[21]  In a passage that is loaded with key theological terms, the phrase righteousness of God stands out. It occurs four times [21,22,25,26], while the related verb “to justify” is found twice [24,26] and the adjective just once [26]. After a section in which the need for this righteousness has been demonstrated in detail [1:18-3:20], Paul is now prepared to explain how the righteousness of God empowers the gospel to mediate salvation to sinful human beings. The passage falls into four parts. In the first, Paul reiterates the revelation of God’s righteousness and relates it to the Old Testament [21].The second section focuses on the way in which all human beings, equal in their sin, have equal access also to God’s righteousness through faith [22-23]. The source of God’s righteousness in the gracious provision of Christ as an atoning sacrifice is the theme of the third part of the passage [24-25a]. Finally, Paul shows how the atonement not only provides for the justification of sinners but also demonstrates the “just-ness” of God throughout the process [25b-26]. In making this last point, we are presuming that righteousness of God which refers in verses 21-22 to the justifying act of God, refers in verses 25-26 to the integrity of God, His always acting in complete accordance with His own character. Paul signals the transition to a new phase of his exposition of the gospel with but now [21]. It marks the shift in Paul’s focus from the old era of sin’s domination to the new era of salvation. This contrast between two eras in salvation history is one of Paul’s most basic theological conceptions, providing the framework for many of his key ideas. Romans 1:18-3:20 has sketched the spiritual state of those who belong to the old era: justly condemned, helpless in the power of sin, powerless to escape God’s wrath. But now God has intervened to inaugurate a new era, and all who respond in faith will be transferred into it from the old era. As the wrath of God dominated the old era [1:18], so the righteousness of God dominates the new. Righteousness of God means the same in 3:21 as in 1:17, the justifying activity of God. From God’s side, this includes his eschatological intervention to vindicate and deliver His people, in fulfillment of His promises. From the human side, it includes the status of acquittal acquired by the person so declared just. In 1:17, Paul asserts that this righteousness of God is constantly revealed through the preaching of the gospel. Here he simply asserts its presence as a dominating force in God’s interaction with humanity. The relationship of this manifestation of God’s righteousness to the Old Testament is indicated in two prepositional phrases that together display the combination of continuity and discontinuity to salvation history that is characteristic of Romans. What does Paul mean by apart from the law? In Romans 2:1-3:20 Paul has made clear that the law has failed to rescue Jews from the power of sin because compliance with its demands to the extent necessary to secure justification has not been – and cannot be – forthcoming. Apart from the law might mean, then, “apart from doing the law”: God’s righteousness is now attained without any contribution from “works of the law.” While this may, indeed, be part of what Paul intends, it is questionable whether it goes far enough; for there is, as Paul will show in chapter 4, nothing really new about this: justification has always been by faith, apart from the law. Furthermore, it is not the manner in which God’s righteousness is received that Paul is talking about here, but the manner in which it is manifested – the divine side of this process by which people are made right with God. This phrase, then, reiterates the salvation-historical shift denoted by but now. In the new era inaugurated by Christ’s death God has acted to deliver and vindicate His people apart from the law. It is not primarily the law as something for humans to do, but the law as a system, as a stage in God’s unfolding plan, that is in view here. Law, then, refers to the Mosaic covenant, that temporary administration set up between God and His people to regulate their lives and reveal their sin until the establishment of the promise in Christ. One aspect of this covenant, of course, is those Jewish ‘identity markers’, such as circumcision, the Sabbath, and food laws. Paul is certainly affirming, then, that the righteousness of God is now being manifested outside the national and religious parameters set by the law. But Paul’s point cannot be confined to this. The reason these identity markers are no longer required is that the covenant of which they were a part has been made obsolete [cf. Heb. 8:7-13]. It is this basic shift in salvation history that Paul alludes to here, and much of his discussion of the law in the rest of this letter is an attempt to explain this apart from the law, while at the same time justifying his assertion that faith establishes the law. But Paul hastens to balance this discontinuity in salvation history with a reminder of its continuity. While God’s justifying activity in the new age takes part outside the confines of the Old Covenant, the Old Testament as a whole anticipates and predicts this new work of God: God’s righteousness is witnessed to by the law and the prophets.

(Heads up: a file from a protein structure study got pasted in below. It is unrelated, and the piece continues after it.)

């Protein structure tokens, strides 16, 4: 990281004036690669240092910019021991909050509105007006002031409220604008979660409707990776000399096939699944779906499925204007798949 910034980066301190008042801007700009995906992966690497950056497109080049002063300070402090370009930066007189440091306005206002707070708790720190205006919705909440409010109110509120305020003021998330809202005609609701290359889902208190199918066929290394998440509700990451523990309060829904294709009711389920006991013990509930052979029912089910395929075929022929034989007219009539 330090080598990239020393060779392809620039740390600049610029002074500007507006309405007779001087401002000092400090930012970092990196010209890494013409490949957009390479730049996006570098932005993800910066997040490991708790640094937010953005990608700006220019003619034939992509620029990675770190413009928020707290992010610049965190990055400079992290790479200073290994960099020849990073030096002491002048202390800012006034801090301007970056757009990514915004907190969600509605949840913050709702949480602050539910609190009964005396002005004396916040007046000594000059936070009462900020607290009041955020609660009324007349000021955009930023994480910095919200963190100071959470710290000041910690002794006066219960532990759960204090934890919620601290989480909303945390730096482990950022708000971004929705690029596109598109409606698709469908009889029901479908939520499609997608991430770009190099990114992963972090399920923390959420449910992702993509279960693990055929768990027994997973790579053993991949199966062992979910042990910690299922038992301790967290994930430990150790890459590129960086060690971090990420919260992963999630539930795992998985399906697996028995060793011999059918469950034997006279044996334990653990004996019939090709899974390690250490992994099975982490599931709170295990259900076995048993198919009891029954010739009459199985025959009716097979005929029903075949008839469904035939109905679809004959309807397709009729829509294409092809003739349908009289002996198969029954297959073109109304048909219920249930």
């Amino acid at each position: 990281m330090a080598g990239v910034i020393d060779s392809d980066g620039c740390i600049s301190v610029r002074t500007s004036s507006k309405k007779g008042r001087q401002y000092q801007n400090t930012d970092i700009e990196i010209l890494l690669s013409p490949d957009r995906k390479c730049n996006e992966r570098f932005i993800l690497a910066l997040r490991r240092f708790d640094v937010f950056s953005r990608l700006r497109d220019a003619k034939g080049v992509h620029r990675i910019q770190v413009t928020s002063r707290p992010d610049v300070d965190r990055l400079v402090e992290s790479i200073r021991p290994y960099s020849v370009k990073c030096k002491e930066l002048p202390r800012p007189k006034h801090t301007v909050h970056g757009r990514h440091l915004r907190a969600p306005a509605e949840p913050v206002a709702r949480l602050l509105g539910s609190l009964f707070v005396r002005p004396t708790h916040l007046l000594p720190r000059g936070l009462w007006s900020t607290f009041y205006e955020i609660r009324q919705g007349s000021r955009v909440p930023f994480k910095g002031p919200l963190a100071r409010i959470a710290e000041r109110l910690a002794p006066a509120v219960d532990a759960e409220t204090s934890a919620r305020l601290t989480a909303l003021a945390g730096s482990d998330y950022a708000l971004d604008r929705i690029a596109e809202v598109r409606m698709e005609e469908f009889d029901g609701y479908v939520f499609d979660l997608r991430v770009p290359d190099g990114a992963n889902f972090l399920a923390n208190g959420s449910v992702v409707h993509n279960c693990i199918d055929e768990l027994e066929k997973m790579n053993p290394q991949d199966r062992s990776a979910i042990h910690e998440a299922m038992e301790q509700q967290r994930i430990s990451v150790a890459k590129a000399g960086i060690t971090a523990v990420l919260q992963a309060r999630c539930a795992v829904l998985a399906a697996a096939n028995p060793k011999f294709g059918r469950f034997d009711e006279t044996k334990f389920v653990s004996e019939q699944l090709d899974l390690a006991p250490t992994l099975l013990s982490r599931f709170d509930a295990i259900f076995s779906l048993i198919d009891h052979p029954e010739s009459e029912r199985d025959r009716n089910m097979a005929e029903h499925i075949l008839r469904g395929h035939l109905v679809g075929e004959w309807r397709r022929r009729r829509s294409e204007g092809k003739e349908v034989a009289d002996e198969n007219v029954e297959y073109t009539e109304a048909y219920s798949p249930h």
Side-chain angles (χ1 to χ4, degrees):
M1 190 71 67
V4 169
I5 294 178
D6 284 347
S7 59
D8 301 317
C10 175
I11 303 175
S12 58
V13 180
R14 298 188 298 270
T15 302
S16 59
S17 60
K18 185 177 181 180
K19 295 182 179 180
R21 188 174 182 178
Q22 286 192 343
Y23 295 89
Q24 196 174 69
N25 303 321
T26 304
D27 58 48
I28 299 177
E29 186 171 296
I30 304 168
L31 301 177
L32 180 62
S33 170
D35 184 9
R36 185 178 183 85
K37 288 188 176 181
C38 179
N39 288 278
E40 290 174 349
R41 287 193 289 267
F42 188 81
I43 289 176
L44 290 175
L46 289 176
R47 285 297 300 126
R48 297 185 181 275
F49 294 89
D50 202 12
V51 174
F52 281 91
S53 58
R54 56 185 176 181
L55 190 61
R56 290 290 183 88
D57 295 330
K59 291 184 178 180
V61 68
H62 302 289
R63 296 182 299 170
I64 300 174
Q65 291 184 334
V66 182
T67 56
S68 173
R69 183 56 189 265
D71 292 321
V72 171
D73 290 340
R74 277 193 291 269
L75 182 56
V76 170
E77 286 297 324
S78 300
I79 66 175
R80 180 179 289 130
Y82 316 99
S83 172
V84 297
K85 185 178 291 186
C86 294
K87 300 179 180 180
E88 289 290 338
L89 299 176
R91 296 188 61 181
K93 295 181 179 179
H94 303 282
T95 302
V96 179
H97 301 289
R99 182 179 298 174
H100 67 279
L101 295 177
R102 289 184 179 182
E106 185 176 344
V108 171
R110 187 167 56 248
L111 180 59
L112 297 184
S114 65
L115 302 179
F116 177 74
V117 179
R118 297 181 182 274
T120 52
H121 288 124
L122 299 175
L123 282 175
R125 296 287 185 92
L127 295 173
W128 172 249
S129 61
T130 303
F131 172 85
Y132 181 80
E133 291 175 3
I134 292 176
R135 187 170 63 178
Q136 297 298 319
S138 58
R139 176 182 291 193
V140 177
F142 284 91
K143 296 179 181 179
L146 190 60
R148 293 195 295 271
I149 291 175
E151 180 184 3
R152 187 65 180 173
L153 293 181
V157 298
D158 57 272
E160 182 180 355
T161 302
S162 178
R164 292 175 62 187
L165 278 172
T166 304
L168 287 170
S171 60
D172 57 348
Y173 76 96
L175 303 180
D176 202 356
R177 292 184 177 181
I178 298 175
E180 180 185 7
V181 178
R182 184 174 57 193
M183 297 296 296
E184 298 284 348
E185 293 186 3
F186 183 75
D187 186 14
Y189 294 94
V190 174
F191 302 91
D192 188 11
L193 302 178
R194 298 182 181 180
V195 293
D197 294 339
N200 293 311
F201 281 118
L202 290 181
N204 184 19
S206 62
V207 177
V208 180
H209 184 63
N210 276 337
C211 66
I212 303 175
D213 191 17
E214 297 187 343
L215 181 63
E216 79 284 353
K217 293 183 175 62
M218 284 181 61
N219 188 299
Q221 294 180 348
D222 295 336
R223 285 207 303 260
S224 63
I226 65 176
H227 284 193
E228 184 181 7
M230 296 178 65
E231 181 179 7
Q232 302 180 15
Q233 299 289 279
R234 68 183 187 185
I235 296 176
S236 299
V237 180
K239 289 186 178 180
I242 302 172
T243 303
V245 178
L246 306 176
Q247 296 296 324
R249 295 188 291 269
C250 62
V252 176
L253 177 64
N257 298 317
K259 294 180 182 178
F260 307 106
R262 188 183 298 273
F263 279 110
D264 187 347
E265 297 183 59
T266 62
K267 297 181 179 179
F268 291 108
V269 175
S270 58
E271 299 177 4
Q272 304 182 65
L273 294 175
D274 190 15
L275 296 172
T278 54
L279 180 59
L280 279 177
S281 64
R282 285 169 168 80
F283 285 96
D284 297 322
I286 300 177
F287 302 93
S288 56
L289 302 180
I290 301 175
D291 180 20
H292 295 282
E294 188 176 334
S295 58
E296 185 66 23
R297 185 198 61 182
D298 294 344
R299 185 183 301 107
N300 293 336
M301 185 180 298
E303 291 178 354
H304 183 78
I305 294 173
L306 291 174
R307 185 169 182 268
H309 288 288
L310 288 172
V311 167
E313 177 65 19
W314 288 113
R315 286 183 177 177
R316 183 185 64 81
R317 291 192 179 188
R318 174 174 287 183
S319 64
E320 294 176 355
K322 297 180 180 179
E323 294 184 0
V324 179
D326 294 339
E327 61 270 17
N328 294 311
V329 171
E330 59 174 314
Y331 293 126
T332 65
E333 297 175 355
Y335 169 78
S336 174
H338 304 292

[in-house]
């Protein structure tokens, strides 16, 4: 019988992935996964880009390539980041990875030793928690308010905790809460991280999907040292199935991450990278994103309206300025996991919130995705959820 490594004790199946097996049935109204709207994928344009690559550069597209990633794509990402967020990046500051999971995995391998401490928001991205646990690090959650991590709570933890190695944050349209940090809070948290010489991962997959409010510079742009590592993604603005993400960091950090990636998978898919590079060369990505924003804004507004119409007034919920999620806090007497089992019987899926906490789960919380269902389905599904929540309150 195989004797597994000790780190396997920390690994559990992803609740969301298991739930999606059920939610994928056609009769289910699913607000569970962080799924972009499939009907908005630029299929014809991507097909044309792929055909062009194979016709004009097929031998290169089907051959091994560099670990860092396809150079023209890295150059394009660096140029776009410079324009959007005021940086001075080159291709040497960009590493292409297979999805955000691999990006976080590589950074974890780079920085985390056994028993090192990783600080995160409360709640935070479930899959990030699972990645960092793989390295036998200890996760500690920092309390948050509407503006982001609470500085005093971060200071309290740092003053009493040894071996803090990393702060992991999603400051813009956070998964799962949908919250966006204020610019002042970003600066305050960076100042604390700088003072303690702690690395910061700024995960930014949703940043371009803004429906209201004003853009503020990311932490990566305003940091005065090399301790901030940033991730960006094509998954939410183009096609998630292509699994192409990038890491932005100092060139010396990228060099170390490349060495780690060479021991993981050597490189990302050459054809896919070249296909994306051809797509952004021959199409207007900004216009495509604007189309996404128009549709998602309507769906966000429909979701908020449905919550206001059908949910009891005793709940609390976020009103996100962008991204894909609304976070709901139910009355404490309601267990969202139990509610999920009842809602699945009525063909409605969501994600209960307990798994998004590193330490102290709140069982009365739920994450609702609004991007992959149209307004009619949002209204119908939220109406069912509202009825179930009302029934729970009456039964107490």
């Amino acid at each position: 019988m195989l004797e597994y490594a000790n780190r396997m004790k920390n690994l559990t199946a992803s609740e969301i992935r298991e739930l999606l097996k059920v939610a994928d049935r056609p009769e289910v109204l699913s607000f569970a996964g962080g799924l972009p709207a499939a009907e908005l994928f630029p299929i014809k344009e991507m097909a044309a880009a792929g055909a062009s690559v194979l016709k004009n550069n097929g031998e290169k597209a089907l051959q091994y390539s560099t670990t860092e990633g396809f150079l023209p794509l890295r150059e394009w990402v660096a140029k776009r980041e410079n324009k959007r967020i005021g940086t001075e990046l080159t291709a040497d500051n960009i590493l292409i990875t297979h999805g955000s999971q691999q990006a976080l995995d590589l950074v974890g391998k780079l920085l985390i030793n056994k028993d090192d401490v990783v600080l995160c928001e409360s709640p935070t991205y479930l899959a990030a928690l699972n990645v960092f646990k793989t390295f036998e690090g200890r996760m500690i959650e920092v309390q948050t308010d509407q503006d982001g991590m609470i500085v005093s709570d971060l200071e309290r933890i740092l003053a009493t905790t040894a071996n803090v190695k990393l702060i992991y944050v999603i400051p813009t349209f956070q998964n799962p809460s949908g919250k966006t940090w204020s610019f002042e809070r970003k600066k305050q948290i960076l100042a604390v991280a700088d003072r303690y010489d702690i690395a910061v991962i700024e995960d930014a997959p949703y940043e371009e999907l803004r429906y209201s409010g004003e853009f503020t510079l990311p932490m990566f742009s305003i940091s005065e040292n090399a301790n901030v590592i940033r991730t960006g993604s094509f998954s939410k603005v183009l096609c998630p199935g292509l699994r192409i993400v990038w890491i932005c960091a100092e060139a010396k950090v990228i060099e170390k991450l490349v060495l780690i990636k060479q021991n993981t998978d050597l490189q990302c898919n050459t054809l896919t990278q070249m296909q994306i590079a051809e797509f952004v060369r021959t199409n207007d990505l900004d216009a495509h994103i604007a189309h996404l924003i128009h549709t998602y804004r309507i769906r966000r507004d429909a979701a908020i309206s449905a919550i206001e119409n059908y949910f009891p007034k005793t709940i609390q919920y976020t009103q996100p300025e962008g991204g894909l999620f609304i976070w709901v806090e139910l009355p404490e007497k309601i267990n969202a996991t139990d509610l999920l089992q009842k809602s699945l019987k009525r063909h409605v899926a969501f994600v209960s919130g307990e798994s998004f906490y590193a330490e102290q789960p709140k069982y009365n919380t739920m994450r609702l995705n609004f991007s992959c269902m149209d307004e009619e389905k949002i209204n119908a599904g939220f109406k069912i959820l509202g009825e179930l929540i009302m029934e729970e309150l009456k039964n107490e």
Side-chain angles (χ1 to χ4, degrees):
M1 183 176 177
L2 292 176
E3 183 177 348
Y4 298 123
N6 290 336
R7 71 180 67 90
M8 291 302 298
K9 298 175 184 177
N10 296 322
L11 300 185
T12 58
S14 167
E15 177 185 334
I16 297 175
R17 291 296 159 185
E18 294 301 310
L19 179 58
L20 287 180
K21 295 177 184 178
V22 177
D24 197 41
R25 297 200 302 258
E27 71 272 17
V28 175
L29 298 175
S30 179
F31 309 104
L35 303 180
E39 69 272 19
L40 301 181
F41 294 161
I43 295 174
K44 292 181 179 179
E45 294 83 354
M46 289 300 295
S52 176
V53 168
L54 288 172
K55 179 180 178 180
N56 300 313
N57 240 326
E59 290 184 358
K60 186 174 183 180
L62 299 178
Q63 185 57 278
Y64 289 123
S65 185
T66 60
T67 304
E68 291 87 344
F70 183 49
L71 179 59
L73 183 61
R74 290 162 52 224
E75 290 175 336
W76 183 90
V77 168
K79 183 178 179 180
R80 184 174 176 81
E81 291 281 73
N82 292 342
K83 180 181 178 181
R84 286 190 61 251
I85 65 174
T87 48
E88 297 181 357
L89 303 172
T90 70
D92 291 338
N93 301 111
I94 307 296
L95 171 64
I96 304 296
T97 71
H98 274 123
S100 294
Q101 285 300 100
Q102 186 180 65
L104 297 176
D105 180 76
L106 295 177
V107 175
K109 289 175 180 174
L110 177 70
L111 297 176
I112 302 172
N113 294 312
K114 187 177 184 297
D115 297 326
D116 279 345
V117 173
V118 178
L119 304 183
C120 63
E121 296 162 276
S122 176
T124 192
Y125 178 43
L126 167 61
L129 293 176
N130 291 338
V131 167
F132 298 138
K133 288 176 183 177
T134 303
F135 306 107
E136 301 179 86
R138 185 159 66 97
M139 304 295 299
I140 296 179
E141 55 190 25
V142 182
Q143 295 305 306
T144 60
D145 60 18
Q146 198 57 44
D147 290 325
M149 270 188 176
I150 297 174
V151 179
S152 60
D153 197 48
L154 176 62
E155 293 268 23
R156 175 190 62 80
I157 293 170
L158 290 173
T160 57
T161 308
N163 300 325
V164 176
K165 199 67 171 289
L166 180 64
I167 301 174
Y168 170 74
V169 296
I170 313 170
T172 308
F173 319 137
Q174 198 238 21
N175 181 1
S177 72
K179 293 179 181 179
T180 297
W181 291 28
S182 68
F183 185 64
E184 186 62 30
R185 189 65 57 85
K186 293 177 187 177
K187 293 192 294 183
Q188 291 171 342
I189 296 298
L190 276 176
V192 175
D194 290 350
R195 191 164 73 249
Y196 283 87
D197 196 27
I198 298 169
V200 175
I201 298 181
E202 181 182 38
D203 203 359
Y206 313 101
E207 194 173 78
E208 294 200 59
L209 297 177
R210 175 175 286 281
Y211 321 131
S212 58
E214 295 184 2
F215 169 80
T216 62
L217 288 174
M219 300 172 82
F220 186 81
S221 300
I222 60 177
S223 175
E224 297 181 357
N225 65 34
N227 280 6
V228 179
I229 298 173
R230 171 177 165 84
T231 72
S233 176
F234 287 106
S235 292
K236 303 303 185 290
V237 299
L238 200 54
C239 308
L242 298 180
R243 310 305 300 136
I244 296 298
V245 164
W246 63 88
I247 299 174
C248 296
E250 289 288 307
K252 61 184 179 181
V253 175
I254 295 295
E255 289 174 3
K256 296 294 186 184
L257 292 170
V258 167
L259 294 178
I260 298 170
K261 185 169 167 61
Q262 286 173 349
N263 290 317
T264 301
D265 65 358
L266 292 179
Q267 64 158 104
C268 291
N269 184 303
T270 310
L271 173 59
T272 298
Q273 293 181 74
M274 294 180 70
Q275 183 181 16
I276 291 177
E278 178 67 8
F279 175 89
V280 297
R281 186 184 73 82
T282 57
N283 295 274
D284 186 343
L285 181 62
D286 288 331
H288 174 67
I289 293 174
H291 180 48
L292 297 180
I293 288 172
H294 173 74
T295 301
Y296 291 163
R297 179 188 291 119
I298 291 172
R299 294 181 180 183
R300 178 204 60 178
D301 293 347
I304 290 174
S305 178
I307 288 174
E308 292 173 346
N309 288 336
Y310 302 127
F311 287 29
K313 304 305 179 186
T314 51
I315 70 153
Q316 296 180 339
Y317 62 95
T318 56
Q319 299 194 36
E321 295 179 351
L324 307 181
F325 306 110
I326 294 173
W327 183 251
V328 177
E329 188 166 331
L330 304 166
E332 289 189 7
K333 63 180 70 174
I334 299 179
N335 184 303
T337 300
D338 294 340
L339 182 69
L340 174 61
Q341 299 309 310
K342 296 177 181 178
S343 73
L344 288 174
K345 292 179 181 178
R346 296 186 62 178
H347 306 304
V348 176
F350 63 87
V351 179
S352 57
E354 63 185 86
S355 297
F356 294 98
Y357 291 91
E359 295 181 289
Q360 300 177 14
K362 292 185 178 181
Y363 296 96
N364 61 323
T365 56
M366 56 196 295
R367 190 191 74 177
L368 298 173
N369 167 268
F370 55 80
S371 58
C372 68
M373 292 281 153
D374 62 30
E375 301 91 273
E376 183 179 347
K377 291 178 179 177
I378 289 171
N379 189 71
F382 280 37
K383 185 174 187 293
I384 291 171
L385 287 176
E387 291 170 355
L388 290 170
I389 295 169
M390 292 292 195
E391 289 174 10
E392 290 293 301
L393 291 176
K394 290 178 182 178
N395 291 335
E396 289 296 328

The Righteousness of God through Faith:  Romans 3:22-26.